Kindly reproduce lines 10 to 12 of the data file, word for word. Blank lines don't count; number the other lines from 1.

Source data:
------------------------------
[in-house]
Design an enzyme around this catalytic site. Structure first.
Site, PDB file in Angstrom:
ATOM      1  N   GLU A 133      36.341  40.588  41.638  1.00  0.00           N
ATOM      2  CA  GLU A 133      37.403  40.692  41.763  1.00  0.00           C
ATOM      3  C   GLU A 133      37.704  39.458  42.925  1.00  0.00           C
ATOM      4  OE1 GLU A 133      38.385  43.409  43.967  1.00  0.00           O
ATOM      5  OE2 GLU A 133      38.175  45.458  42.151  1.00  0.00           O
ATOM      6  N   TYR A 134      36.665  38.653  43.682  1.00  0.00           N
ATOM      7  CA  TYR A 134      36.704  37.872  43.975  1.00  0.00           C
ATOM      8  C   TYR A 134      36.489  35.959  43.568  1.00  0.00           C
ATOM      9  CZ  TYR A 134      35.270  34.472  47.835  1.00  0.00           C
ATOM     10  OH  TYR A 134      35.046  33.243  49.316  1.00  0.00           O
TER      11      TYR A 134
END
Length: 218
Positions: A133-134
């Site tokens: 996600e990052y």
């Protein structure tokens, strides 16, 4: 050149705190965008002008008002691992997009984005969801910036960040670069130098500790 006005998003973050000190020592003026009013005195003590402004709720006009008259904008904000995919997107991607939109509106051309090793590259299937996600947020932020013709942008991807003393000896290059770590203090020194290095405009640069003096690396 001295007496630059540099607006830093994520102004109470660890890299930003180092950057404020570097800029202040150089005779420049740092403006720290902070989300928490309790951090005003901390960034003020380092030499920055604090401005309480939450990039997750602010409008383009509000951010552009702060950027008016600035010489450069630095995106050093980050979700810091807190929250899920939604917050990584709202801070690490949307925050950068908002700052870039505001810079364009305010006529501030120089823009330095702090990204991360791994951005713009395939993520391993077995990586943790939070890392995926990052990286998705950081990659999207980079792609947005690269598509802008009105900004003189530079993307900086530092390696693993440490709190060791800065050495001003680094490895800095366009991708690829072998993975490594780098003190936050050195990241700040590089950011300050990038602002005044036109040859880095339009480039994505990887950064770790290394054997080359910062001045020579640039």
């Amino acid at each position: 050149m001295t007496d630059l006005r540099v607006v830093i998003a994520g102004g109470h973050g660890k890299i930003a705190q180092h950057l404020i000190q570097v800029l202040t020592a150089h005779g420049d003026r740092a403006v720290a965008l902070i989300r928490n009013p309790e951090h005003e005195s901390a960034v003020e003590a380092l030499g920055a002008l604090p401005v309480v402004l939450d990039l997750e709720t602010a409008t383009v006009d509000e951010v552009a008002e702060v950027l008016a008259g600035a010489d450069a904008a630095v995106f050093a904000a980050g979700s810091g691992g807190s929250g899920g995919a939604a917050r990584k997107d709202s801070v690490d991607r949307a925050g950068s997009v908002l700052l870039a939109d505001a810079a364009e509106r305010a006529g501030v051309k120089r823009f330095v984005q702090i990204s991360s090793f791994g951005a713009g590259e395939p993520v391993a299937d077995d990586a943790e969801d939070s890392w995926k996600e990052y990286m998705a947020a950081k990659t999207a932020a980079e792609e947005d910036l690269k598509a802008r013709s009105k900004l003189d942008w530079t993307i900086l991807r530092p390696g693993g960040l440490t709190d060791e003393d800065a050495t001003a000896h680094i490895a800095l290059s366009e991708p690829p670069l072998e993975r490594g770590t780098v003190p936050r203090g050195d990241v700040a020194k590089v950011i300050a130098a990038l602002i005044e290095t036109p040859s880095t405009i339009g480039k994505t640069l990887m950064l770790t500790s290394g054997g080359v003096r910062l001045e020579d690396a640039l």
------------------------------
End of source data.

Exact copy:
ATOM      7  CA  TYR A 134      36.704  37.872  43.975  1.00  0.00           C
ATOM      8  C   TYR A 134      36.489  35.959  43.568  1.00  0.00           C
ATOM      9  CZ  TYR A 134      35.270  34.472  47.835  1.00  0.00           C